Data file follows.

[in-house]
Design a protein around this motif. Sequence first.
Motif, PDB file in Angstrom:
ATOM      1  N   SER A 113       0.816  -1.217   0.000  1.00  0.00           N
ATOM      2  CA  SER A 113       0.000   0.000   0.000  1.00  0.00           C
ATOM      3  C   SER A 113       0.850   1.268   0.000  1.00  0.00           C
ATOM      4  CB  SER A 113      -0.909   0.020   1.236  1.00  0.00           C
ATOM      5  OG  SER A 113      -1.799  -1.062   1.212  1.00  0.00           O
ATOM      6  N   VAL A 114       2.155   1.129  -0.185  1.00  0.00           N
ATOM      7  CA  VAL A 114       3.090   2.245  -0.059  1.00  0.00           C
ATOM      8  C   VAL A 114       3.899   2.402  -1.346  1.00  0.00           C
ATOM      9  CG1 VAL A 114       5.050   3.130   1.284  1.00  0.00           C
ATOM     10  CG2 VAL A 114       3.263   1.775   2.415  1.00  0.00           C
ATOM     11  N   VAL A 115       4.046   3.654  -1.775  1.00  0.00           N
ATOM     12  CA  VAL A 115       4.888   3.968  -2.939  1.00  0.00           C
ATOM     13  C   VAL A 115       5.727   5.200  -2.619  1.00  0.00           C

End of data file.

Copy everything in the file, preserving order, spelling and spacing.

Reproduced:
[in-house]
Design a protein around this motif. Sequence first.
Motif, PDB file in Angstrom:
ATOM      1  N   SER A 113       0.816  -1.217   0.000  1.00  0.00           N
ATOM      2  CA  SER A 113       0.000   0.000   0.000  1.00  0.00           C
ATOM      3  C   SER A 113       0.850   1.268   0.000  1.00  0.00           C
ATOM      4  CB  SER A 113      -0.909   0.020   1.236  1.00  0.00           C
ATOM      5  OG  SER A 113      -1.799  -1.062   1.212  1.00  0.00           O
ATOM      6  N   VAL A 114       2.155   1.129  -0.185  1.00  0.00           N
ATOM      7  CA  VAL A 114       3.090   2.245  -0.059  1.00  0.00           C
ATOM      8  C   VAL A 114       3.899   2.402  -1.346  1.00  0.00           C
ATOM      9  CG1 VAL A 114       5.050   3.130   1.284  1.00  0.00           C
ATOM     10  CG2 VAL A 114       3.263   1.775   2.415  1.00  0.00           C
ATOM     11  N   VAL A 115       4.046   3.654  -1.775  1.00  0.00           N
ATOM     12  CA  VAL A 115       4.888   3.968  -2.939  1.00  0.00           C
ATOM     13  C   VAL A 115       5.727   5.200  -2.619  1.00  0.00           C